14 JULY 1961

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The Spectator

I N his surprisingly quiet television joust with Professor Trevor-Roper on Sunday night Mr. A. J. P. Taylor elaborated on a thesis he put forward in his Origins of the . Second...

—Portrait of the Week

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MAJOR GAGAR1N CAME to London and The Queen invited him to luncheon. Herr Willy Brandt sug- gested a conference about German unification and Berlth, to be attended by all...

The Spectator

The Spectator

No. 6942 Estab lished 1828 FRIDAY, JULY 14, 1961

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Apologia for the NCB

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B OTH Lord Robens, chairman of the NCB, and Mr. Will Paynter, general secretary of the NUM, have been much praised for the realism and power of their speeches to the mine-...

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Federal Fallacies

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By T. R. M. CREIGHTON W HAT conceivable excuse can there be for cosseting the anxieties of a handful of resident Europeans about an African majority in Northern Rhodesia (and...

Kuwait : Time to Depart

The Spectator

A LTHOUGH Britain and Arab nationalism were at one in resisting Kassem's claim to Kuwait as part of Iraq, Arabs everywhere are now impatiently demanding our withdrawal, and Arab...

FO RTY years ago this month a group of Children playing

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in a Chicago street watched a frightened man being hustled by four others into a car. His body was found the next day beside a country road, and he Was identified as Steve...

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That Man

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By D. W. BROGAN A FEW weeks ago I received through the mail a scrap of paper from 'A friend of England and Scotland' and a photograph. On one side was a photograph of what the...

Westminster Commentary

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Storm Warning By JULIAN CRITCHLEY. MP rr HE glass is falling. Mr. Butler, echoing an I earlier speech by Lord Home, said last week that the next six months were going to be one...

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VTOL: The Great Delusion

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By OLIVER STEWART Fr HE Ministry of Aviation's philanthropy in handing British ideas on vertical take-off and landing aircraft to other countries may not be so soft-headed as it...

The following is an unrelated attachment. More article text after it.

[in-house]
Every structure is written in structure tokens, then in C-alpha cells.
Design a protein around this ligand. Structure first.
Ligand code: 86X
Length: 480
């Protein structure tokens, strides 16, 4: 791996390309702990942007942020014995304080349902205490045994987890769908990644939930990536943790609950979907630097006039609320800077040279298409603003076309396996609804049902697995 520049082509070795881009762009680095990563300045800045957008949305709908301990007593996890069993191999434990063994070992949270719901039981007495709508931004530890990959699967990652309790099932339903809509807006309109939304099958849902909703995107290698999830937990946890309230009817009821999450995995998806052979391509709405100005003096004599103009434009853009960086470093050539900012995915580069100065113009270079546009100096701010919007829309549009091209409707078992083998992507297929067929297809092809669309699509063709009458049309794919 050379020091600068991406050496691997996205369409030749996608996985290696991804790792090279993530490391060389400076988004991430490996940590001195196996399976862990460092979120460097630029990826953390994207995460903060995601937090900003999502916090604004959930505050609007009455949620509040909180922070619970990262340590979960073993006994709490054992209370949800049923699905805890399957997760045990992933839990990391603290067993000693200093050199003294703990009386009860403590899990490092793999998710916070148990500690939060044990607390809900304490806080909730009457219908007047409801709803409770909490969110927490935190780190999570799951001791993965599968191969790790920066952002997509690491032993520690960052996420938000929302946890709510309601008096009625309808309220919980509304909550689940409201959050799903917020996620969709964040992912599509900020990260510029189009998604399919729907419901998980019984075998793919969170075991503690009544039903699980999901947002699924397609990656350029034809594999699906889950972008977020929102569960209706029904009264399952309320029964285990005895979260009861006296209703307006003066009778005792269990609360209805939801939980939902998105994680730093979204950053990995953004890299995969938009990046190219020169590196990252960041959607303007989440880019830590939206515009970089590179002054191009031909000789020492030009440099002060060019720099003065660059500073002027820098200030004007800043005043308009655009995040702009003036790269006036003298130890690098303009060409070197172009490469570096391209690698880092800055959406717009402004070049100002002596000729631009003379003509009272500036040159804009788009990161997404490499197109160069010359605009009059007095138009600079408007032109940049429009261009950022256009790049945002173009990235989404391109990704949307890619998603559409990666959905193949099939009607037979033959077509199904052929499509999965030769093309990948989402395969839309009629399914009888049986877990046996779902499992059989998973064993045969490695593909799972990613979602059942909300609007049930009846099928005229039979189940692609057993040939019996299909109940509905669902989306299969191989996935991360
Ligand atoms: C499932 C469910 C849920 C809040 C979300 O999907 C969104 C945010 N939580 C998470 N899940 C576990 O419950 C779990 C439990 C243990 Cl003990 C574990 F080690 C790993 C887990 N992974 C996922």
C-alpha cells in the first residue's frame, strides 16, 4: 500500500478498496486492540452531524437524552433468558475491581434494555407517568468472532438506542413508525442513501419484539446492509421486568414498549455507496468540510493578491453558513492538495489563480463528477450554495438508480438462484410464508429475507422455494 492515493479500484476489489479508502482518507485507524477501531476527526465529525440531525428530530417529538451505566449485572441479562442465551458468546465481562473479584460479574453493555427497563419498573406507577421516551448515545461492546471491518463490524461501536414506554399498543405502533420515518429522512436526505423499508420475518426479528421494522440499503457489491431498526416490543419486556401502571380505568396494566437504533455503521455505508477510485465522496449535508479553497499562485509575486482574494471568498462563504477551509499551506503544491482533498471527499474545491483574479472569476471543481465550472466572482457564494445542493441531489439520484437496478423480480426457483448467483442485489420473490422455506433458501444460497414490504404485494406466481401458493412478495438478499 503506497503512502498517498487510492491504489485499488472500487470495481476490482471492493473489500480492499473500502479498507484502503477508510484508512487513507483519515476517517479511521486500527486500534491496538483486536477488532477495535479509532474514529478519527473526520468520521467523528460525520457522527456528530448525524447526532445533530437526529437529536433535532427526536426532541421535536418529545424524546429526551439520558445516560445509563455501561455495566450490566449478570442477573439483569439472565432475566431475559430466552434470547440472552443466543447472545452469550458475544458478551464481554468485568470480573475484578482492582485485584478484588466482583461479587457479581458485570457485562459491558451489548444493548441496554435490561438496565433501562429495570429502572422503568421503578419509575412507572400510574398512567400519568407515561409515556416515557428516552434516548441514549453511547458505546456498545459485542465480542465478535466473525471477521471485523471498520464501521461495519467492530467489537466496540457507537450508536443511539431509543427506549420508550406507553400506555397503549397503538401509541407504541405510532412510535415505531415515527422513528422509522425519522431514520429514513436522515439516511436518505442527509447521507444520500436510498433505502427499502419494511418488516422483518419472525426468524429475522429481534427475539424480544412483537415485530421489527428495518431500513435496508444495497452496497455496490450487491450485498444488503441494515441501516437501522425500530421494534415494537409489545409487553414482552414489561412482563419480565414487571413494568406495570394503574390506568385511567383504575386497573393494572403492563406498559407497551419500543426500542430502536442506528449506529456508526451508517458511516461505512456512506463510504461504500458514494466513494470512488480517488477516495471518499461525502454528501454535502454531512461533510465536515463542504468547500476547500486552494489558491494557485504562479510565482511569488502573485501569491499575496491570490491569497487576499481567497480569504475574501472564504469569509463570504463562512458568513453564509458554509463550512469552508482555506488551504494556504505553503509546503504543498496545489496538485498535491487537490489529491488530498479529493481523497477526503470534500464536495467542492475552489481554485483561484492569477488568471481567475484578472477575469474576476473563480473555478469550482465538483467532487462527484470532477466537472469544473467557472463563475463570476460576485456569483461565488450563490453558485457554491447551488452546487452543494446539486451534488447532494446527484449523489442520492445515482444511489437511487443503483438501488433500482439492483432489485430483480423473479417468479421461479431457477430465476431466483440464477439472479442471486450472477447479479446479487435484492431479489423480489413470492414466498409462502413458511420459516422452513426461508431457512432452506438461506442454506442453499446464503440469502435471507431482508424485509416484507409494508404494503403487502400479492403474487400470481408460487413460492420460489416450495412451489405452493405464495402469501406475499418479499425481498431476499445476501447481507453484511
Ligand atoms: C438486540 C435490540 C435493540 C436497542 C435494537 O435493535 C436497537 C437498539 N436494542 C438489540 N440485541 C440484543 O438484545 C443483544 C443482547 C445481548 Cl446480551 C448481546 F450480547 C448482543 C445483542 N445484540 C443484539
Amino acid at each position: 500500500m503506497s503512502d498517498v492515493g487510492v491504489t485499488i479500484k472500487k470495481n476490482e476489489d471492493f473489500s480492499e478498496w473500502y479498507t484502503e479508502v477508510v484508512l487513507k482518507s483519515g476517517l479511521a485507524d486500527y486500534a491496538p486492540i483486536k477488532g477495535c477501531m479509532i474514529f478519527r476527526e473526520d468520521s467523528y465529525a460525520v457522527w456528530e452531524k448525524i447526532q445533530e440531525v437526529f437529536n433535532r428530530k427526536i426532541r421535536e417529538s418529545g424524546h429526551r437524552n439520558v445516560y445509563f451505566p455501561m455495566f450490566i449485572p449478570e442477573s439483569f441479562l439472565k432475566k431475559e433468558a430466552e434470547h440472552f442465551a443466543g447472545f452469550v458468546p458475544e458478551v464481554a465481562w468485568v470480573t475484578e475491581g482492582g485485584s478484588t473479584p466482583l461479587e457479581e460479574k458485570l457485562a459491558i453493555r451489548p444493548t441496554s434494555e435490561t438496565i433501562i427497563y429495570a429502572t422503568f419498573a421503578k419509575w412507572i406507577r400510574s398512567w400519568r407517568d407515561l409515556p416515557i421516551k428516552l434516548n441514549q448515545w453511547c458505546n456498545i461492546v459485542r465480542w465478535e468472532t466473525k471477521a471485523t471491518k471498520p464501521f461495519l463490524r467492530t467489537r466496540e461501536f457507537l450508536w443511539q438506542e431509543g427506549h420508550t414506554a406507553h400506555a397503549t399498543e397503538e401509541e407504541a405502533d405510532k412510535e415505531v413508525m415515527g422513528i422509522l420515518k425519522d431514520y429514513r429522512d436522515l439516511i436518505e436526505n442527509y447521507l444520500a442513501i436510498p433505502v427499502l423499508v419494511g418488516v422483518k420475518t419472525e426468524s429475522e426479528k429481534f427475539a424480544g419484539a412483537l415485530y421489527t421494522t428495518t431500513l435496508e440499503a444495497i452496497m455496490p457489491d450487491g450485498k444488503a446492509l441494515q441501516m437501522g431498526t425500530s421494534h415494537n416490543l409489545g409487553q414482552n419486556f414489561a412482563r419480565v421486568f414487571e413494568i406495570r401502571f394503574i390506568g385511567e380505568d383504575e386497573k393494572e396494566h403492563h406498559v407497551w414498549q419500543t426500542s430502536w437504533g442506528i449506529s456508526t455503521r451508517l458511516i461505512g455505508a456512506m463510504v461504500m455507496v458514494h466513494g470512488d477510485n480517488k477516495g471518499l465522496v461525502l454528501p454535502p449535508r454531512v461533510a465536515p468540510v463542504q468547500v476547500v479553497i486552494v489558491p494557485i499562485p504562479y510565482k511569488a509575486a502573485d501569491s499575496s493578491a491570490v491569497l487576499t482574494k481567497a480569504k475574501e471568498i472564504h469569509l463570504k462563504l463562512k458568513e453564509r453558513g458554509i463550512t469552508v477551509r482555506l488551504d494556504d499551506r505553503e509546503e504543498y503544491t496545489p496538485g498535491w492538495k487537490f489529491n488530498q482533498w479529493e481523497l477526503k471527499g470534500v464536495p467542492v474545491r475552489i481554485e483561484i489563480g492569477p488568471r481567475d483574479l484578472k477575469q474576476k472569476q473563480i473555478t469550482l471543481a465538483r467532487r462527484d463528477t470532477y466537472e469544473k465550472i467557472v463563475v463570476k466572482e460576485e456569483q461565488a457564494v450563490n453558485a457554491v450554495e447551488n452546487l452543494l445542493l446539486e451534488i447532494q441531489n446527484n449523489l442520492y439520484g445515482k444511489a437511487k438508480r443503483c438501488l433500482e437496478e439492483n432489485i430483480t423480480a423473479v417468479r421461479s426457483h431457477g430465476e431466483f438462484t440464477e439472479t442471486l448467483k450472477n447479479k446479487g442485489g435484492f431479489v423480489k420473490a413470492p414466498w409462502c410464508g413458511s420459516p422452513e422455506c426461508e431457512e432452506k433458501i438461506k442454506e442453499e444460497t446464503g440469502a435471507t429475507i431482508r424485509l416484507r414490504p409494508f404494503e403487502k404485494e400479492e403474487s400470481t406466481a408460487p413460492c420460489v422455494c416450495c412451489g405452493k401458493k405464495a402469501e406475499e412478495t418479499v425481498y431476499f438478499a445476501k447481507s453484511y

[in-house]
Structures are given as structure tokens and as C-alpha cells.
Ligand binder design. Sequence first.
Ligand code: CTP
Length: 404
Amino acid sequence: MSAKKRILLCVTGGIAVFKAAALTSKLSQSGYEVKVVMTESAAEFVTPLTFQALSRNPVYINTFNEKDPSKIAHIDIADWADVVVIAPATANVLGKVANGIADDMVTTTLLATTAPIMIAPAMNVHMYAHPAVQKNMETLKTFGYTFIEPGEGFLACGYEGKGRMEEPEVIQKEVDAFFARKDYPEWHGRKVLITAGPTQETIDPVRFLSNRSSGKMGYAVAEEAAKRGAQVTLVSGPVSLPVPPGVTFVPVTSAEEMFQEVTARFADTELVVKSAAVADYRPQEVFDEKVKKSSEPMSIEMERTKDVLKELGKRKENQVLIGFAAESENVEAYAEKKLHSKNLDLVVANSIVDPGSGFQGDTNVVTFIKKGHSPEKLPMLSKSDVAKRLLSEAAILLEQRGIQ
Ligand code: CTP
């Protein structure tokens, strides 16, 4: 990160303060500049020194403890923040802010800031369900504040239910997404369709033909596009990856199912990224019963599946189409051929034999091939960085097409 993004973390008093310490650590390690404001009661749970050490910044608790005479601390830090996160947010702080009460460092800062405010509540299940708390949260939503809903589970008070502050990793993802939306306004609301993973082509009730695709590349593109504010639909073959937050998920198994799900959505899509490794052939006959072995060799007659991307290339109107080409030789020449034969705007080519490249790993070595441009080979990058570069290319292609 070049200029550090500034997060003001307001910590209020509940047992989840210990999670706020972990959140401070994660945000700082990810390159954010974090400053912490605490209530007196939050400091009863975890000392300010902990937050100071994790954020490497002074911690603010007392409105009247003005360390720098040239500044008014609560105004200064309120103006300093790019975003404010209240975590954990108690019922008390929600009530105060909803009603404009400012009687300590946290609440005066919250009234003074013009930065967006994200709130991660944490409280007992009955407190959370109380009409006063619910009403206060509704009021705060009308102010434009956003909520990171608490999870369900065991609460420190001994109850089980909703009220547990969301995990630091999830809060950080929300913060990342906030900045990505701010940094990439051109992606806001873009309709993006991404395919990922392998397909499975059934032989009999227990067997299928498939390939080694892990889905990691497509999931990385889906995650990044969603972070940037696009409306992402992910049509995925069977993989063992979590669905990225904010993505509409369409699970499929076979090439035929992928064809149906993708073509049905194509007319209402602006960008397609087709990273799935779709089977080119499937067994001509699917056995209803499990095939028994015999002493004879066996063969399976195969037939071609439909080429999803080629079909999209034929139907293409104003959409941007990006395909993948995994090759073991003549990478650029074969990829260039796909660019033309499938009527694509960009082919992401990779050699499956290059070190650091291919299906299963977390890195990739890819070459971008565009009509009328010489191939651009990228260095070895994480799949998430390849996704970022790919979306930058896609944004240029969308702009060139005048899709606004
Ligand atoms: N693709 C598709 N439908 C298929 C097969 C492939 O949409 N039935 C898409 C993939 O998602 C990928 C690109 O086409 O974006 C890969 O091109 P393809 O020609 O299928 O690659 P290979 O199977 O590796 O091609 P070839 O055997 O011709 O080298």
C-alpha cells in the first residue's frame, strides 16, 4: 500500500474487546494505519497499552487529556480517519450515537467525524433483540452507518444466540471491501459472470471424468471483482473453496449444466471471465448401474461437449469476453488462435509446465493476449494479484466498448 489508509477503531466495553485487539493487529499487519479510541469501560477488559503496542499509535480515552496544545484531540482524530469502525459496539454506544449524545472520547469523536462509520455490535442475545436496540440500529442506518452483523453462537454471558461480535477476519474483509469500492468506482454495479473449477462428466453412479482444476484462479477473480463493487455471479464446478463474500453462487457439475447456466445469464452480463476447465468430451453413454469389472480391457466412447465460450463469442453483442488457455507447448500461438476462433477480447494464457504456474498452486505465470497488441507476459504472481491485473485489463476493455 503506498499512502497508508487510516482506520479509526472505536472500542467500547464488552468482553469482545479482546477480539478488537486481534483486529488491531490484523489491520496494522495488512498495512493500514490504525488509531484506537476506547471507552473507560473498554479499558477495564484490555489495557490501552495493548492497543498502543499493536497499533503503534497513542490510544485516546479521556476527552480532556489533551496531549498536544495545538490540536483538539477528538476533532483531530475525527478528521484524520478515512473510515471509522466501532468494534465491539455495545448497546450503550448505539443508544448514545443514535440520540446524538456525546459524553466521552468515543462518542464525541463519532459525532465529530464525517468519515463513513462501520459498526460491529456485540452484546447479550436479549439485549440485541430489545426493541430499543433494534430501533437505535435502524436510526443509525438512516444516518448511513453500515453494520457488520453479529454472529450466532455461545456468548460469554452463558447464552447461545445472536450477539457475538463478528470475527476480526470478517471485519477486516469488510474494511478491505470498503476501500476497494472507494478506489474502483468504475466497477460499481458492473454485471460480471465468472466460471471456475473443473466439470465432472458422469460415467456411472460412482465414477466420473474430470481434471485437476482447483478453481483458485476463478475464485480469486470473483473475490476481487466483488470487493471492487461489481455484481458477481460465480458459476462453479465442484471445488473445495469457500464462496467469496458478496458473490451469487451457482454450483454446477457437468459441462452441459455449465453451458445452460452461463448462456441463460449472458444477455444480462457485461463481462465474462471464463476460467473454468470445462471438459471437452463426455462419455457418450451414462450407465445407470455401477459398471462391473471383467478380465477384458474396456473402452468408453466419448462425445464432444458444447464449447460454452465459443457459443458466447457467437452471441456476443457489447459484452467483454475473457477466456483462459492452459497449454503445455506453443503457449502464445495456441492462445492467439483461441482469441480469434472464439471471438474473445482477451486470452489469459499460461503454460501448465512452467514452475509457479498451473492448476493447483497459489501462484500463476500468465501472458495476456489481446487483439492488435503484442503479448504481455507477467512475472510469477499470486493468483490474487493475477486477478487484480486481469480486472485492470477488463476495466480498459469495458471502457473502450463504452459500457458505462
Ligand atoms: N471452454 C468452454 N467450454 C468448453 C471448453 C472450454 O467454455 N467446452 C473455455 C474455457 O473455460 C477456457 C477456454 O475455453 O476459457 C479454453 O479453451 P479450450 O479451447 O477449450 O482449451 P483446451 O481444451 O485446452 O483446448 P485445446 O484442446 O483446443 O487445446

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Bar Sinister (2)

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Teaching the Whites By ROGER OWEN* wAs umpiring a minor cricket match. A very pleasant fourteen-year-old who was batting missed a full toss and was bowled. He shook his head...

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The Go-Between

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By BRIAN INGLIS T HE name of Edward Gibbon Wakefield ought to be honoured in English history; yet it is barely known. Worse, it is one of those names to which we feel we ought...

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The Spectator

SIR,-1 feel sure that Mr. Ray is misinformed if he thinks that anti-Semitism is uncommon. In my ex- perience in professional and university circles it is tacitly understood and...


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YOU might be unable to buy the Spectator When You go on holiday, as newsagents do not carry surplus stock. To make sure of re ; c e'ving your Spectator send us your holiday...

Harwich to the Hook S. A. Claydon

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Not Good Enough Mrs. Barbara Tyrrell, H. P. J. Henning Anti-Semitism F. R. P. Moreton The Other Exodus Erskine B. Childers, Edward A tiyah, Lieut.-General Sir John Glubb...

SIR,—Mr. Kenneth Robinson covers his retreat with generalities which have

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no relevance to the Black- heath inquiry. The quality of Mr. Lyons's work was never in dispute. What we contested was the need to pull down good Georgian houses to make room for...

NOT GOOD ENOUGH SIR,—I happen to be a resident of

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one of the ex- amples of good, modern architecture mentioned by Mr. Kenneth Robinson and, while I hold no brief for some of the mediocre (and downright bad) build- ings which...

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SIR,—May I correct a small but important error in :lay last letter? I 'noted Theodor Herzl's Diaries pro- posal that 'Arabs' be worked across the frontier. To be exact, this...


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SIR.—Mr. William Golding writes that 'for hundreds of years even reputable scholars have thought tho Two Noble Kinsmen was by Shakespeare.' As far as I know, only one American...

SIR,—Whatever we may think of the past, the fact remains

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that we have this Israeli-Arab problem on our hands. One reason why it cannot be settled is. that all concerned continue to dig up and publicise. the crimes of the past. Both...

SIR,—In his letter published in your issue of June 23,

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Mr. Kimche says: 'According to Musa Alami, 400,000 Arabs left Palestine while the British Admini- stration and some 50,000 British troops remained in charge' (my italics). This...